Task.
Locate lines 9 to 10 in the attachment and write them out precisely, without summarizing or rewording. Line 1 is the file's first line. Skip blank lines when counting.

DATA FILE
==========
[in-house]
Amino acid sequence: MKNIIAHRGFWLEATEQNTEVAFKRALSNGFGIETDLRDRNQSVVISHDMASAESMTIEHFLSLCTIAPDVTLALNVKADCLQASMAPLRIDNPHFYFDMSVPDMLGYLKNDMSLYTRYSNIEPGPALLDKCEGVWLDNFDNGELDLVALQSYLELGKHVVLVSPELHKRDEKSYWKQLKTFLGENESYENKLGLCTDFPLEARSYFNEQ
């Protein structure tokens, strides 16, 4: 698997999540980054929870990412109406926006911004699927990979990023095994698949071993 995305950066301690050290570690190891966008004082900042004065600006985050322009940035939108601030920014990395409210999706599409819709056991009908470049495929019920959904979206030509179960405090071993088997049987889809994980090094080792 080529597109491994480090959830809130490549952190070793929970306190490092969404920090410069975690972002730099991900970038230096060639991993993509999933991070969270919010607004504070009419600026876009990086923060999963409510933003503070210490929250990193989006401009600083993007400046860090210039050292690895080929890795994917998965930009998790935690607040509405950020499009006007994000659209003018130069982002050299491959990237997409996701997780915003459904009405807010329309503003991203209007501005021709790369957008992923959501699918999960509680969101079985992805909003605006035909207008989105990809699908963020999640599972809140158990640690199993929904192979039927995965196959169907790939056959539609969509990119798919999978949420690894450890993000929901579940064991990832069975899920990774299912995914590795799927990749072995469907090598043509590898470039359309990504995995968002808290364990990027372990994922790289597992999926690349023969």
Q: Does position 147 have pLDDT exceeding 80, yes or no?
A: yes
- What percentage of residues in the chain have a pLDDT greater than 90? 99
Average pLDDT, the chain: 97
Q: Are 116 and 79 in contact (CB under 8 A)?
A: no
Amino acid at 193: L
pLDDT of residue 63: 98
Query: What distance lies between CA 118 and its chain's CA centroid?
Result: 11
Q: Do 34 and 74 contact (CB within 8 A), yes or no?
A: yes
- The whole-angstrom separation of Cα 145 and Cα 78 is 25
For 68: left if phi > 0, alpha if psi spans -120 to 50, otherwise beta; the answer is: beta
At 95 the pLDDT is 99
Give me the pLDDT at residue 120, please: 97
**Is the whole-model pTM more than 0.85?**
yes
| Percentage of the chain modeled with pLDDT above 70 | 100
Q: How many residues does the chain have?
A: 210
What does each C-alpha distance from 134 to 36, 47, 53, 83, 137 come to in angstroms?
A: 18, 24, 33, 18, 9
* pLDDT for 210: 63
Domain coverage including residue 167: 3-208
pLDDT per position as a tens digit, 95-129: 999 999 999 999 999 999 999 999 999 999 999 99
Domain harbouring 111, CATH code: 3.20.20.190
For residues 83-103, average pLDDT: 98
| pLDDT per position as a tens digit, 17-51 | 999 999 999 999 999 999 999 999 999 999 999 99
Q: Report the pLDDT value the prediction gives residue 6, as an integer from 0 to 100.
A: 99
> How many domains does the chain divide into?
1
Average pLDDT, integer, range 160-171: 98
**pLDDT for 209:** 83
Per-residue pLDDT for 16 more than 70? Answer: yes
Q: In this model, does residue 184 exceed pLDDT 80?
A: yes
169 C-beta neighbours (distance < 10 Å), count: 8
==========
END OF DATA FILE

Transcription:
A: no
Amino acid at 193: L